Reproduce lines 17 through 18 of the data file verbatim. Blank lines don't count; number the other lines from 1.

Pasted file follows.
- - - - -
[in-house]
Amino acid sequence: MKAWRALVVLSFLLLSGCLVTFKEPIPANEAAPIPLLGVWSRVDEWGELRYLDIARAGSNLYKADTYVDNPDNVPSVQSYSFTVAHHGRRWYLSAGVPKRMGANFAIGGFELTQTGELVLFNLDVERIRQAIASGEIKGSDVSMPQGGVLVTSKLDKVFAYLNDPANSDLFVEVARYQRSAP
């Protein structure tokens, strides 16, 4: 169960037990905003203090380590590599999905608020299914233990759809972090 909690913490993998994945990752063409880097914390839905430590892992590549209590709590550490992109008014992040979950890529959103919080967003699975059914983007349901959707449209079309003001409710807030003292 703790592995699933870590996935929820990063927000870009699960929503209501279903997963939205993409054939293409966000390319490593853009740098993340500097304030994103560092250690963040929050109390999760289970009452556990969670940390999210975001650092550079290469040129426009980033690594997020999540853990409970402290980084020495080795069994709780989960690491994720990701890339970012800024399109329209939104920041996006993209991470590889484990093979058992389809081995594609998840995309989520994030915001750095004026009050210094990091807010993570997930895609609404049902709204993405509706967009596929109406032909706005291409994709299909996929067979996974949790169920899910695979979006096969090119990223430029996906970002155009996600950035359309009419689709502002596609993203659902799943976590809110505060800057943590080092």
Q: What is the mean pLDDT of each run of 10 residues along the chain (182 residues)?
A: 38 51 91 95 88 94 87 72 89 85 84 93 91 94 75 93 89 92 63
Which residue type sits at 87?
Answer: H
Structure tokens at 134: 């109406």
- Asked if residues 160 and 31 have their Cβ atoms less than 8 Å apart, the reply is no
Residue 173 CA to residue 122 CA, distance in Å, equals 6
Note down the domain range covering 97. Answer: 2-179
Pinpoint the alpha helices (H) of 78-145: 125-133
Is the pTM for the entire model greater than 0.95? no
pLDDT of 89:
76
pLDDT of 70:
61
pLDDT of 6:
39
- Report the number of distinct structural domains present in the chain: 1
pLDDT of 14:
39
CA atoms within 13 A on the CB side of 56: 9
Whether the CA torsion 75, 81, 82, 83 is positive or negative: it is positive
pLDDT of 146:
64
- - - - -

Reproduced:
61
pLDDT of 6: